“The realm of fairy-story is wide and deep and high and filled with many things: all manner of beasts and birds are found there; shoreless seas and stars uncounted; beauty that is an enchantment, and an ever-present peril; both joy and sorrow as sharp as swords.” ― J.R.R. Tolkien, "On Fairy-Stories"
Susan here, thinking about fairy tales lately. My bookshelves are crammed full, like the bookshelves of every Wench author and most if not all of our blog readers. And a couple of my shelves are devoted to fairy tales. From old, tattered, beloved childhood copies to antique fairy tale books to paperback anthologies and academic studies of fairy tale themes, this bunch of books doesn't gather a lot of dust at my house—because I still read fairy tales. I still love them.
“I used to be Snow White, but I drifted.” --Mae West
I have some familiar favorites, like an old copy of the complete tales of The Brothers Grimm, the tales of Hans Christian Anderson, Charles Perrault, and of course Andrew Lang—The Blue Fairy Book, The Red Fairy Book, the Green Fairy Book (and The Yellow, Pink, Grey, Violet, Crimson, Scarlet, Orange, Olive and Lilac Books).
Of the Little Golden Books I had in childhood, my favorite was The Twelve Dancing Princesses, exquisitely illustrated by Sheilah Beckett. When I was very little, I treasured an old copy of The Tall Book of Fairy Tales by Eleanor Graham Vance. Not sure where it came from, but once I got my sticky little hands on it, it was mine, mine. Another favorite is more recent, a beautiful reprint of Steel’s English Fairy Tales, illustrated by Arthur Rackham. And then there are the Joseph Jacobs Celtic Fairy Tales, and Irish fairytales collected by W.B. Yeats … and so many others, old and new.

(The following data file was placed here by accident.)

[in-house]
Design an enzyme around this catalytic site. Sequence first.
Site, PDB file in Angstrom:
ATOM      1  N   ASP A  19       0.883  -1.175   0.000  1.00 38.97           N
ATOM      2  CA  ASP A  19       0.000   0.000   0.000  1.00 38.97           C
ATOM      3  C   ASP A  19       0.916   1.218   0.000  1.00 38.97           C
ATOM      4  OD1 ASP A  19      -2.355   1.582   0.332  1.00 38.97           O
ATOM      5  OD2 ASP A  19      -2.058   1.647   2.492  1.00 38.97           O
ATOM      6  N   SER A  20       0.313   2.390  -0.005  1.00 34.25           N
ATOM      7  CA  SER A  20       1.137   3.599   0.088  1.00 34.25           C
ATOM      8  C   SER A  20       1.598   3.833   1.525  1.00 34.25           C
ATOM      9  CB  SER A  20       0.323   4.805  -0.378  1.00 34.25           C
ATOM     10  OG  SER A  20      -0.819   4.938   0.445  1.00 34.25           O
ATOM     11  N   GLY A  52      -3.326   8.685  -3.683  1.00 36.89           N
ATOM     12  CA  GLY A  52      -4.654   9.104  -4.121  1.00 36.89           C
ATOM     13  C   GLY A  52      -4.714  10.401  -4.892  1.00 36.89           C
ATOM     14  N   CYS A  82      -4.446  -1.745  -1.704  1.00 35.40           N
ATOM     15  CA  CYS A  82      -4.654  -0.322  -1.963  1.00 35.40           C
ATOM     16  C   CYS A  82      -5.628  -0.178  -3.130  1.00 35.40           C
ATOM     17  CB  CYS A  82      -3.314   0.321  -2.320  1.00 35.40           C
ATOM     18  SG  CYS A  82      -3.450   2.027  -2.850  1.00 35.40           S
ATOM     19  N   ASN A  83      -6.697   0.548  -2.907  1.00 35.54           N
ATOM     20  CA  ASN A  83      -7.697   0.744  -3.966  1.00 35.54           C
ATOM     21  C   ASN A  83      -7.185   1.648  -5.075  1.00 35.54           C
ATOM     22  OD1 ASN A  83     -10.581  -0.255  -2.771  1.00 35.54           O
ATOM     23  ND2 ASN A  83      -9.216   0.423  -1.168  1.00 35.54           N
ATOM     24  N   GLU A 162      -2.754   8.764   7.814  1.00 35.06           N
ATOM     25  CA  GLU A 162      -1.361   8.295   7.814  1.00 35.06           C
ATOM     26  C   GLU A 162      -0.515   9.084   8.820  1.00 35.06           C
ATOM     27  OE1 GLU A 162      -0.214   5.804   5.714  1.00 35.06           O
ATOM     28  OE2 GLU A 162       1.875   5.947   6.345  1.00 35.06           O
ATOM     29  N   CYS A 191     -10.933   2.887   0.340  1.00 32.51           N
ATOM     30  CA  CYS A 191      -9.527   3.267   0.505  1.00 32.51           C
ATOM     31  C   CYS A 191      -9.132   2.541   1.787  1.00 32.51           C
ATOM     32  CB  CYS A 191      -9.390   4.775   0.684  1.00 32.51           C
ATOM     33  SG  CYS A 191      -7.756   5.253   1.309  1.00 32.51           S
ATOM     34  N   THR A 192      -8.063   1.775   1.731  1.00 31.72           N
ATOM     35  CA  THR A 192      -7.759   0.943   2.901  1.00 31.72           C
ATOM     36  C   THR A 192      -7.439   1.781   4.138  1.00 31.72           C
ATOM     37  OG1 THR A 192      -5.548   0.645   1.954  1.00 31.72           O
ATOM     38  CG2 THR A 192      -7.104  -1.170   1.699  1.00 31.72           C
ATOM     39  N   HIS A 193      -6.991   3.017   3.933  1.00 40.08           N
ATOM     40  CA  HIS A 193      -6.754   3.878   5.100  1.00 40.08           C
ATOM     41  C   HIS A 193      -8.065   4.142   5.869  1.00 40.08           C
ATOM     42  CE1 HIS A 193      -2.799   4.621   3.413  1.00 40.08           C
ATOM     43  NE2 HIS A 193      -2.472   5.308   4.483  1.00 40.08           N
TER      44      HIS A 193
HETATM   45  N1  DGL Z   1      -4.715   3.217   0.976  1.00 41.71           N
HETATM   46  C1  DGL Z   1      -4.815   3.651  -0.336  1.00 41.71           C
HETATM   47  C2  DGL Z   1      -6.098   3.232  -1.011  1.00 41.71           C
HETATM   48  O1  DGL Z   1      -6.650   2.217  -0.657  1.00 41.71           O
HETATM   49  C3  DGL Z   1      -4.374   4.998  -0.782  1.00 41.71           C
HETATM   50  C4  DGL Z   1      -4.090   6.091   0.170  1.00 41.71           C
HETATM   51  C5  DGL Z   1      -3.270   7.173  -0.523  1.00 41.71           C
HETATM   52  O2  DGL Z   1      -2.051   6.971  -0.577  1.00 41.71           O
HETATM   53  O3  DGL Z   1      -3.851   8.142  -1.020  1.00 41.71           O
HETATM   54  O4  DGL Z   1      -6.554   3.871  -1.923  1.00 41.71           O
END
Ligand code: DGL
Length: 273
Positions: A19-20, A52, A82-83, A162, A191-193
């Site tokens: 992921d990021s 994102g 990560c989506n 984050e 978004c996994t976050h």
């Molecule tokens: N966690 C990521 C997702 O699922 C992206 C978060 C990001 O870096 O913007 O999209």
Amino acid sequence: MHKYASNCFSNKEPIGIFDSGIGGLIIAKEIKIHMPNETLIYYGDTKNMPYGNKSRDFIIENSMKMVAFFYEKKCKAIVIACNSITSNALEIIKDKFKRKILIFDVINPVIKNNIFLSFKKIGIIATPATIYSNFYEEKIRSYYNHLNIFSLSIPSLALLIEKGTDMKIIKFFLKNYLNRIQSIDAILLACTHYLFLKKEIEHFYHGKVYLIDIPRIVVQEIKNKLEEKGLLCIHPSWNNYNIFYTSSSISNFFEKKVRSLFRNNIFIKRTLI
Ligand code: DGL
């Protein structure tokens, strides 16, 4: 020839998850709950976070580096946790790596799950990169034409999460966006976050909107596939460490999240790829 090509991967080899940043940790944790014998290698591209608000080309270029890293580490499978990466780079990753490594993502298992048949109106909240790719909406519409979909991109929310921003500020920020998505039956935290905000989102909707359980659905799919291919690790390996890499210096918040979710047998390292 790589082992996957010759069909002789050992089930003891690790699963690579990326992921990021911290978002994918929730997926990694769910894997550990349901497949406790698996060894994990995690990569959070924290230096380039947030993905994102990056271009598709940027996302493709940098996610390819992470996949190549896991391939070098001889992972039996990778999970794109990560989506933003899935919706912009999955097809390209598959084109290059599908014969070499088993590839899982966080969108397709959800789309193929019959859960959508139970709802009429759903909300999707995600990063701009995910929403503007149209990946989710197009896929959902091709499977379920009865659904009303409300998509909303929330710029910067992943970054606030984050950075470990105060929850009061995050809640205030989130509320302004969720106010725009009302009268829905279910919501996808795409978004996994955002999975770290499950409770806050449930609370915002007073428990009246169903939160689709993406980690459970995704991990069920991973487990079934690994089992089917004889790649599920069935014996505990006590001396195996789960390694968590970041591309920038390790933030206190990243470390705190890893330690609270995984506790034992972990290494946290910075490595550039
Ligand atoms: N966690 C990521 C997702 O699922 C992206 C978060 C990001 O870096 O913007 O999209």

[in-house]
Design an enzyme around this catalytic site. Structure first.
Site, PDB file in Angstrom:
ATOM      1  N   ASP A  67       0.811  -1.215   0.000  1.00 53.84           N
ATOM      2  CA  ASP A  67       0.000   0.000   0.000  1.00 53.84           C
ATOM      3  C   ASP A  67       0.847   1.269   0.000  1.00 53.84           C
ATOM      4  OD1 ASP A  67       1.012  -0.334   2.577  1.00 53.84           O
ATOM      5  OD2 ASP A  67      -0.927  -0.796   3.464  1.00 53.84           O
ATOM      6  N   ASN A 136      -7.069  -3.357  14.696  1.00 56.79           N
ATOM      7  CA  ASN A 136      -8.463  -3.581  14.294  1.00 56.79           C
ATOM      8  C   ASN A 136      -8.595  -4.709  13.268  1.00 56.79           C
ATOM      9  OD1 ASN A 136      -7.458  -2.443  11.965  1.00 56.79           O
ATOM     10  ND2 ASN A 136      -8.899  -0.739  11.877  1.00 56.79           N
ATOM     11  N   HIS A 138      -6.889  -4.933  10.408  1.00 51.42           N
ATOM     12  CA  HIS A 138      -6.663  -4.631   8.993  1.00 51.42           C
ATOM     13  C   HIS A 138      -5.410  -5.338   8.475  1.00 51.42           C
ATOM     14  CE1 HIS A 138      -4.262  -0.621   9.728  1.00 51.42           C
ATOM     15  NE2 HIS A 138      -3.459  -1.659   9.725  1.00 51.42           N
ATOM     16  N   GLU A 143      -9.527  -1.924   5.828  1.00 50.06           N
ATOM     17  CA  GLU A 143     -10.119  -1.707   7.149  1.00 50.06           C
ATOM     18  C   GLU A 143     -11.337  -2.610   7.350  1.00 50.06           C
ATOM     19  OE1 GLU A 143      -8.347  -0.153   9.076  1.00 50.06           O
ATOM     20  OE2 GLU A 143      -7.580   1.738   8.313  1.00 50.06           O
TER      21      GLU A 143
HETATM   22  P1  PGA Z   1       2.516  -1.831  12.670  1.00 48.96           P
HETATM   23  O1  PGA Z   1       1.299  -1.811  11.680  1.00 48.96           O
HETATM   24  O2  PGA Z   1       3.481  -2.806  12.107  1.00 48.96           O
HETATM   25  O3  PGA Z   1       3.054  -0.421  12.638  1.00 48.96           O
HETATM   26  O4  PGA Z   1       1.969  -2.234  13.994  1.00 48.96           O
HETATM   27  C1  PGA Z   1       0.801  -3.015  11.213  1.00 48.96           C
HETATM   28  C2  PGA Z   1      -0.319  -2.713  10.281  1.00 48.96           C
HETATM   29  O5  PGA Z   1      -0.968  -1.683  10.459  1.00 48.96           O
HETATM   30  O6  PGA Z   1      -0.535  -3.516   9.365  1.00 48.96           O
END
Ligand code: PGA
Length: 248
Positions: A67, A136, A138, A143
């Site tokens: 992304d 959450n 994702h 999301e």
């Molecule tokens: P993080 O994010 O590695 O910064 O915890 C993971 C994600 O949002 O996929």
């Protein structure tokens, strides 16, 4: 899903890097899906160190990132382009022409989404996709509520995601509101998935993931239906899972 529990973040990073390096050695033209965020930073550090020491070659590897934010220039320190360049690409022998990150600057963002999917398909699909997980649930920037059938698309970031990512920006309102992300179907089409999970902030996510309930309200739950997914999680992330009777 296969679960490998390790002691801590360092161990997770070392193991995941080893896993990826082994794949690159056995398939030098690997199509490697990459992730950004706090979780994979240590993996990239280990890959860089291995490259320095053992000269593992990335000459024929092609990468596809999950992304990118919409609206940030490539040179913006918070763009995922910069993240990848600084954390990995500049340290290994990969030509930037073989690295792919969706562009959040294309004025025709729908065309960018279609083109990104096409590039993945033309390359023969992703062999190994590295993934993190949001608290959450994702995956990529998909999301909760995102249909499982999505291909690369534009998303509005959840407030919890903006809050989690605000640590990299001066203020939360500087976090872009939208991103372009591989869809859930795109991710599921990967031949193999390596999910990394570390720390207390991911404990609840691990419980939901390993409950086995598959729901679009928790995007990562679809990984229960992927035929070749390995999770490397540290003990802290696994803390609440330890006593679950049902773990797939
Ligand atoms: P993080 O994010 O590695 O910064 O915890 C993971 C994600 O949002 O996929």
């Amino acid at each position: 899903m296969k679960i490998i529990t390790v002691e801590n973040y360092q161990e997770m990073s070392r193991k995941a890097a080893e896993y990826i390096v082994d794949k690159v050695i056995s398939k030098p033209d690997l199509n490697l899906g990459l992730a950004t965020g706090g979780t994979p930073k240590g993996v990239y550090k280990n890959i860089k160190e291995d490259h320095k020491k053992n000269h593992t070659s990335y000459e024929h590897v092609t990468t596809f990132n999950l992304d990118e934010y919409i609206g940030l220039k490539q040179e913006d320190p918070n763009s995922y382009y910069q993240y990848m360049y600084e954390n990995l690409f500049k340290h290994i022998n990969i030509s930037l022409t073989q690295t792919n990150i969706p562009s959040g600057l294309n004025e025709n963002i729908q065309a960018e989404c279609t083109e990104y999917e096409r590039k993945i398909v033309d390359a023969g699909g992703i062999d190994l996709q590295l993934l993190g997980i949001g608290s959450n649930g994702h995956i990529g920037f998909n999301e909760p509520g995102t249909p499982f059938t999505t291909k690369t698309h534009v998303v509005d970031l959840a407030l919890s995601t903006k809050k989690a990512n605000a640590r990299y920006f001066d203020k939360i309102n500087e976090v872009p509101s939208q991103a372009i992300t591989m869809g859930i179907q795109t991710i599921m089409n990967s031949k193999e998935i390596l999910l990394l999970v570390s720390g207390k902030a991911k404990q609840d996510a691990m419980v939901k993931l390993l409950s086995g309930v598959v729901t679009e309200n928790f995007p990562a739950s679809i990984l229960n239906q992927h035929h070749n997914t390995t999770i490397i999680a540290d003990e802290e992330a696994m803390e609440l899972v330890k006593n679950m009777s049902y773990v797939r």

And that’s just the stories. I enjoy reading studies of fairy tales too. I have a dog-eared, read and reread copy of Bruno Bettelheim’s The Uses of Enchantment, Marina Warner’s fabulous From the Beast to the Blonde, and some of the work of Jack Zipes, and more.
“If you want your children to be intelligent, read them fairy tales. If you want them to be more intelligent, read them more fairy tales.” --Albert Einstein
Fairy tales go back eons, as far back as myths and legends, probably as far back as the darkest of caves and the brightest of fires, and the urge to explain why the stars wink, why the wind blows, why thunderclouds look like dragons, why a shaft of sunlight or rainbows can be like a good fairy come to the rescue. Stories explore life and give us choices and tools to address and comprehend what we encounter in the realm of reality.
But what did I know about absorbing life lessons--and storytelling techniques--from fairy tales. I was into the princess, the frog, the prince, wicked witch, good fairy, ragamuffin, the castle, the mountain, the happy ending--and the chills when things didn't work out, and the thrill when they did. And I was all about the illustrations, too--sat turning pages just for the pictures, copied them in crayons. Whatever lessons about good and evil, right and wrong were definitely subliminal. I was just having a great time, and yet I was learning life skills for what I might encounter later.